Occassionally one comes across parents who take the opposite line, who show no interest at all in their children, and these of course are far worse than the doting ones. Mr and Mrs Wormwood were two such parents. They had a son called Michael and a daughter called Matilda, and the parents looked upon Matilda in particular as nothing more than a scab. A scab is something you have to put up with until the time comes when you can pick it off and flick it away. Mr and Mrs Wormwood looked forward enormously to the time when they could pick their little daughter off and flick her away, preferably into the next county or even further than that.
It is bad enough when parents treat ordinary children as though they were scabs and bunions, but it becomes somehow a lot worse when the child in question is extraordinary, and by that I mean sensitive and brilliant. Matilda was both of these things, but above all she was brilliant. Her mind was so nimble and she was so quick to learn that her ability should have been obvious even to the most half-witted of parents. But Mr. and Mrs. Wormwood were both so gormless and so wrapped up in their own silly little lives that they failed to notice anything unusual about their daughter. To tell the truth, I doubt they would have noticed had she crawled into the house with a broken leg.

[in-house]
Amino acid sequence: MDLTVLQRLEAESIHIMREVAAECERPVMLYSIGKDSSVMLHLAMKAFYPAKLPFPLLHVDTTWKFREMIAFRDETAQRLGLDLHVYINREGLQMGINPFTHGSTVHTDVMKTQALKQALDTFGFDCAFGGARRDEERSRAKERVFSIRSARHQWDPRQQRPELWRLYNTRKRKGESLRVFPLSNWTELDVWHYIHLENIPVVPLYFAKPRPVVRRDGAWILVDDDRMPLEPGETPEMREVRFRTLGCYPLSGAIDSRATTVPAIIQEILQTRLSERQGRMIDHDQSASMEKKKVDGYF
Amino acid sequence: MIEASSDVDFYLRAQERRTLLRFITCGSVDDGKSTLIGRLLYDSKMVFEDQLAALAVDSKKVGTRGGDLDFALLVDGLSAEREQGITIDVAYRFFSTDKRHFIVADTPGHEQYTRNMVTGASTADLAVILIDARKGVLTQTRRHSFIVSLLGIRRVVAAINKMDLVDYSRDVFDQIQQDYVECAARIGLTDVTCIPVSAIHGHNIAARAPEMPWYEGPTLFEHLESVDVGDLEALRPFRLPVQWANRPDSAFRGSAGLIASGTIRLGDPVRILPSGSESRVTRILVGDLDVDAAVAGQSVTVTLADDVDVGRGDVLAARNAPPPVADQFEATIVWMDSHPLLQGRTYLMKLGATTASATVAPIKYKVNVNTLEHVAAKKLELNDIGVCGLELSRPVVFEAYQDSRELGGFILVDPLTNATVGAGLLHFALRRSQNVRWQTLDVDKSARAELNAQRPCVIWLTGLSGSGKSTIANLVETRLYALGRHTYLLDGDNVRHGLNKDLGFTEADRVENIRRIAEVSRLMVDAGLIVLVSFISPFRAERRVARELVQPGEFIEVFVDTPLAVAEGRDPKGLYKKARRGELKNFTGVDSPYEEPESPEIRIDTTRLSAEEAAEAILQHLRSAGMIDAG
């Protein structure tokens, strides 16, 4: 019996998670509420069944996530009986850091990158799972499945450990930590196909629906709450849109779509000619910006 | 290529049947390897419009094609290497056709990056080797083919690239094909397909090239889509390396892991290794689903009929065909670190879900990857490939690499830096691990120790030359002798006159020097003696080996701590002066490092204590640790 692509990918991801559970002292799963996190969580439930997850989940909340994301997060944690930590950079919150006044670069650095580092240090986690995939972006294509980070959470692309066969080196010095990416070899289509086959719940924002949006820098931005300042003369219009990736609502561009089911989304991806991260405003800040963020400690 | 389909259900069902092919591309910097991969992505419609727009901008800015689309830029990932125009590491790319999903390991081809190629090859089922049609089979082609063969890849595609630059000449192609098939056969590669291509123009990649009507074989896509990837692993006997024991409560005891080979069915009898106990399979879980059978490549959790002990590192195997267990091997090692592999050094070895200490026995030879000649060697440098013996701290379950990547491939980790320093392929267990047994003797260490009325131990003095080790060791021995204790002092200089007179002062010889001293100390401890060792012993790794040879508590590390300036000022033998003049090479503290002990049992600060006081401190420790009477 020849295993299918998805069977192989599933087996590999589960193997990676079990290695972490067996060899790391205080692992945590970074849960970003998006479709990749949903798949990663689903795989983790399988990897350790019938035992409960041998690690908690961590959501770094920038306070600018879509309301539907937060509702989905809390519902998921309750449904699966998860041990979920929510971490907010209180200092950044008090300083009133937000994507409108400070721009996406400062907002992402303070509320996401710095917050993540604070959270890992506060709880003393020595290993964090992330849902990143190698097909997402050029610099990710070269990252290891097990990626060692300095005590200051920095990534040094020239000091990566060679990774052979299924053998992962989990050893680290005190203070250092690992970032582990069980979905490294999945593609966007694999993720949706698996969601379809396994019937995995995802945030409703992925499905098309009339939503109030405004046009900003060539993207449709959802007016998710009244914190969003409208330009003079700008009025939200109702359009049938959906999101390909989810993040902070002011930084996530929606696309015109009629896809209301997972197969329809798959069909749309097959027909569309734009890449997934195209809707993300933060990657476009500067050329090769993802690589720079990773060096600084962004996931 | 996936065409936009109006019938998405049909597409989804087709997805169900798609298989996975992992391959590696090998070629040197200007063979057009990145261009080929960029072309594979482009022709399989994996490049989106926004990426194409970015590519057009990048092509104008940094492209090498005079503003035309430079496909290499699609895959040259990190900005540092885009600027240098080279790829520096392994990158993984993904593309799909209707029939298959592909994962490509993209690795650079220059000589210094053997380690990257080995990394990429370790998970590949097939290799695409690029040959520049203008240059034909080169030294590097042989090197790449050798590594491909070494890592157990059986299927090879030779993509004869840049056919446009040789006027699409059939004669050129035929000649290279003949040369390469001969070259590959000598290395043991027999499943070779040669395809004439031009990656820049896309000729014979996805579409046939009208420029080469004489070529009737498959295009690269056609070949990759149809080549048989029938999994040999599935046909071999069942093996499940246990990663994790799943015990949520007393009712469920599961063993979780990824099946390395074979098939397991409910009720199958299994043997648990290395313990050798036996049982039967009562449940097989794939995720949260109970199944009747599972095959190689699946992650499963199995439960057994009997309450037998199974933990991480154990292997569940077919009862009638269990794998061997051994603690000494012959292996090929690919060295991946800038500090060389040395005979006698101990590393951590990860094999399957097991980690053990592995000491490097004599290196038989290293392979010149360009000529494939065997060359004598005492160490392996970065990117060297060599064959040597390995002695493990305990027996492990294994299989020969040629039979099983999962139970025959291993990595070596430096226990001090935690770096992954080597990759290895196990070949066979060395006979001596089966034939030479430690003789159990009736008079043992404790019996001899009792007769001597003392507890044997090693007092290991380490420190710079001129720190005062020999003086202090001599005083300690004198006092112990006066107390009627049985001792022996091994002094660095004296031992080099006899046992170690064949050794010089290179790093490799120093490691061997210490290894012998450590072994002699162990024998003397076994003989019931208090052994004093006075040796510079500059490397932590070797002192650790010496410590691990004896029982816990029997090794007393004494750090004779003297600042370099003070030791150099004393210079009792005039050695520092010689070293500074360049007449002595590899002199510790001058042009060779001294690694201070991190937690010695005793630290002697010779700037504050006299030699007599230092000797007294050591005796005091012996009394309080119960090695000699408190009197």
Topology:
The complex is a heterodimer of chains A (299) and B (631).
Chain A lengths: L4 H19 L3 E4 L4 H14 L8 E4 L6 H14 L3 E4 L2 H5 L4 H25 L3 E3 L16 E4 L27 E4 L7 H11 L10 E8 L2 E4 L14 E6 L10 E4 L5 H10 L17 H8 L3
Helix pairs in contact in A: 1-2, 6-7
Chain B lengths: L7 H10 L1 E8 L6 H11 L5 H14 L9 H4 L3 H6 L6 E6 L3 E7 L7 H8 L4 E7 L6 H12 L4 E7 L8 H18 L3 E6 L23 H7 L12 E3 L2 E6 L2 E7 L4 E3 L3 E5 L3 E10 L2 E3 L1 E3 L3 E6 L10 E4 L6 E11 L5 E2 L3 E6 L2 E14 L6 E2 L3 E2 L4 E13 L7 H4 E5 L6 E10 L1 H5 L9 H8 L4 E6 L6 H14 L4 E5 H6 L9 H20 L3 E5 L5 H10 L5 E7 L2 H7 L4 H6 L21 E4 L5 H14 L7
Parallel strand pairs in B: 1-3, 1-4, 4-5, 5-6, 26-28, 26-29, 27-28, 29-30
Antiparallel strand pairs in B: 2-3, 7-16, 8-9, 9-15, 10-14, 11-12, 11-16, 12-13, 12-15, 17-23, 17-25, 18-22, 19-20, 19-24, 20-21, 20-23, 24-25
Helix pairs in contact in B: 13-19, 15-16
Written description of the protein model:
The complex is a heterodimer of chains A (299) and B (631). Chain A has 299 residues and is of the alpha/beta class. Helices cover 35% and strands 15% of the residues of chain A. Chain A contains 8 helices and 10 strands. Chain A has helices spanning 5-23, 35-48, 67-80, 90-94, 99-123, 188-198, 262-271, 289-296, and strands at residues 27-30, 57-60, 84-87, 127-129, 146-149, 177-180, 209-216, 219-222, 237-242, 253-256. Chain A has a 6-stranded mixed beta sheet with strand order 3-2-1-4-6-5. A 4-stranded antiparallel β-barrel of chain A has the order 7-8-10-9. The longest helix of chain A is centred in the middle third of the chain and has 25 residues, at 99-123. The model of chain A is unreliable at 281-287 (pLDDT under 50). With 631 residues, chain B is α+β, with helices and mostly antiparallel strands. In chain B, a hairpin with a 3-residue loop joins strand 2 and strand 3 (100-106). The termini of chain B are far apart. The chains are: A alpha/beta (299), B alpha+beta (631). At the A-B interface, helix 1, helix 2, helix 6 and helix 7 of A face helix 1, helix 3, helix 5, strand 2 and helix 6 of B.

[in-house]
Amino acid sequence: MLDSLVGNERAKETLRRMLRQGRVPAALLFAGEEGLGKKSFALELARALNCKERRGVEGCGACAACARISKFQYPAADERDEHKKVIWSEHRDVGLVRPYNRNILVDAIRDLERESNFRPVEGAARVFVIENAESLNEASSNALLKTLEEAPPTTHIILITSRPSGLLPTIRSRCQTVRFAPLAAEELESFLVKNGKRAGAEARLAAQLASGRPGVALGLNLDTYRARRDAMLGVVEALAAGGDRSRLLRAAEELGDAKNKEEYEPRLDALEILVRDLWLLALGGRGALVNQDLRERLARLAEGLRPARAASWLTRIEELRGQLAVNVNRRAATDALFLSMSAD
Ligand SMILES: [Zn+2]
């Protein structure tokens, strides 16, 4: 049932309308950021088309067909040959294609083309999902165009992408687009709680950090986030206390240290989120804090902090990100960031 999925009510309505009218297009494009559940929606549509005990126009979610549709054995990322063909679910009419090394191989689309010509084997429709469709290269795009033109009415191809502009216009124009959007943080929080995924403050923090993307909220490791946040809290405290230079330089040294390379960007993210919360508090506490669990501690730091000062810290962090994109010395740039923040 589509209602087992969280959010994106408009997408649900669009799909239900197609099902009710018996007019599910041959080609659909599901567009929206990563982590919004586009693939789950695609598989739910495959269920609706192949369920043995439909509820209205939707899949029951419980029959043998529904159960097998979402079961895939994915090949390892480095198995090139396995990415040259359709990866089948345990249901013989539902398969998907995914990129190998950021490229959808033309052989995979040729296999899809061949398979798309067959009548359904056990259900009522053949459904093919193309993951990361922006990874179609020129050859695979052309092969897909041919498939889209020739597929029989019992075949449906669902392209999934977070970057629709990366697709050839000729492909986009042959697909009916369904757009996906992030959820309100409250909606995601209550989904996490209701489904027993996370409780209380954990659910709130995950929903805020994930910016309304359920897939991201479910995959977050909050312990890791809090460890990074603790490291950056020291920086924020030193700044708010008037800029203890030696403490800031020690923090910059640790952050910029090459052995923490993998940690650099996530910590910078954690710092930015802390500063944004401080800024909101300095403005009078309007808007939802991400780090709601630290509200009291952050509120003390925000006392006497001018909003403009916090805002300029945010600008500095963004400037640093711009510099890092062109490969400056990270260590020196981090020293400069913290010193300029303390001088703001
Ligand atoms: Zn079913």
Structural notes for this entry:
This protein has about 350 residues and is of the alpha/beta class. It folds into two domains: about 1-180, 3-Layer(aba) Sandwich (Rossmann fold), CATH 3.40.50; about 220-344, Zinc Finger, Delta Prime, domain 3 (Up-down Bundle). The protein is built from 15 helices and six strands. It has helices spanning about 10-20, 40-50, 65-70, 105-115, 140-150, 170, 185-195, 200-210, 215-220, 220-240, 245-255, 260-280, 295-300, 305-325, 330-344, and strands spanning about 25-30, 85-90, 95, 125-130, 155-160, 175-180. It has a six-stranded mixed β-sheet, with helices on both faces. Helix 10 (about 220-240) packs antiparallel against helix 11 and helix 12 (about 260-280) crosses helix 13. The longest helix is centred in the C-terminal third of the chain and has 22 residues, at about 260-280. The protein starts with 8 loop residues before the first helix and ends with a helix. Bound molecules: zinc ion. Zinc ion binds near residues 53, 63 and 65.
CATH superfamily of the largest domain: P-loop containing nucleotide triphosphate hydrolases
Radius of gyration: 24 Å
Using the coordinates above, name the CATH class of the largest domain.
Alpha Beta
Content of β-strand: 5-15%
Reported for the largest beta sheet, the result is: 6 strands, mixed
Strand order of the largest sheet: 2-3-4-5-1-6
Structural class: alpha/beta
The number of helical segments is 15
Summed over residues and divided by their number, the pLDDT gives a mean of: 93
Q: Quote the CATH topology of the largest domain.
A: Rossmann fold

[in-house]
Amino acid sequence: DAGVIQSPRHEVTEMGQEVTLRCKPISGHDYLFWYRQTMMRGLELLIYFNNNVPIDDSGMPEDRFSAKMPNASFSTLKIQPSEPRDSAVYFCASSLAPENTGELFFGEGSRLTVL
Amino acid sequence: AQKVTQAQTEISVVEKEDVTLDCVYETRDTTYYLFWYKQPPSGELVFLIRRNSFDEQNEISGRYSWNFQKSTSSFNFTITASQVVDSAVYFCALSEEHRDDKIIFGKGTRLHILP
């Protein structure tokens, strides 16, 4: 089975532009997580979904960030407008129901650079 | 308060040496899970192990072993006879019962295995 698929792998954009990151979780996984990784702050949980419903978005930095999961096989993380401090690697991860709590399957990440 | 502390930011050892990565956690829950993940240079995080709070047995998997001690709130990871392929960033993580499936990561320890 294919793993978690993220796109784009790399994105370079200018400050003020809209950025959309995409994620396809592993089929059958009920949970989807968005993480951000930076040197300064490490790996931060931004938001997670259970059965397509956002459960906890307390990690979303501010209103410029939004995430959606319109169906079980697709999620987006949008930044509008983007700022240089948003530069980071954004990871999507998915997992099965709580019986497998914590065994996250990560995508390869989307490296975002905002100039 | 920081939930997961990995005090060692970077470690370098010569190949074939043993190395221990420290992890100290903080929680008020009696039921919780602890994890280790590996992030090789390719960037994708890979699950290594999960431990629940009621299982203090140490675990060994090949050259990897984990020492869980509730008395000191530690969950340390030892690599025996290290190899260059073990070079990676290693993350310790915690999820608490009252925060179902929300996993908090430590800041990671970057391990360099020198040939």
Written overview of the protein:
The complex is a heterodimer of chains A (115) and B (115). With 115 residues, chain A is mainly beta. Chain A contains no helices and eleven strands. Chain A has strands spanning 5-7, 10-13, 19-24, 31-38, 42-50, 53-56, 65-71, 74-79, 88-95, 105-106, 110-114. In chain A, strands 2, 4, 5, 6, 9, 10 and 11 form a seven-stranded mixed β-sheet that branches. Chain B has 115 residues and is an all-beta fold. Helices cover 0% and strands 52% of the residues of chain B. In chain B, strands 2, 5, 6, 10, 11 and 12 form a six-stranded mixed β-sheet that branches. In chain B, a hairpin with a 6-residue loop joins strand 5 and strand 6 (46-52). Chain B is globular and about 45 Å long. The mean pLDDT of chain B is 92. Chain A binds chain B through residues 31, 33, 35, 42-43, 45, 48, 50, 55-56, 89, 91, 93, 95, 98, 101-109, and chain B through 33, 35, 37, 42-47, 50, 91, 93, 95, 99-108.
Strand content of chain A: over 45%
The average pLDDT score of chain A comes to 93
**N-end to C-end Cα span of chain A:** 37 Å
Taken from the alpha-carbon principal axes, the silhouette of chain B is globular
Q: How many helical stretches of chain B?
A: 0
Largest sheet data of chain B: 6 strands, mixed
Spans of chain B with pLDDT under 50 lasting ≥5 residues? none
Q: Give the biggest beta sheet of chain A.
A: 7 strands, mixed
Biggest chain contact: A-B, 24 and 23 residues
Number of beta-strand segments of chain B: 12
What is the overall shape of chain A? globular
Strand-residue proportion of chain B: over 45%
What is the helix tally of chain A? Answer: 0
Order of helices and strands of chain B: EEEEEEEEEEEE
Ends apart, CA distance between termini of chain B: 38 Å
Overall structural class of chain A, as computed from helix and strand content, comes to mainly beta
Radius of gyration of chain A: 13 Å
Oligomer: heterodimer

Matilda’s brother Michael was a perfectly normal boy, but the sister, as I said, was something to make your eyes pop. By the age of one and a half her speech was perfect and she knew as many words as most grown-ups. The parents, instead of applauding her, called her a noisy chatterbox and told her sharply that small girls should be seen and not heard.
By the time she was three, Matilda had taught herself to read by studying newspapers and magazines that lay around the house. At the age of four, she could read fast and well and she naturally began hankering after books. The only book in the whole of this enlightened household was something called Easy Cooking belonging to her mother, and when she had read this from cover to cover and had learnt all the recipes by heart, she decided she wanted something more interesting.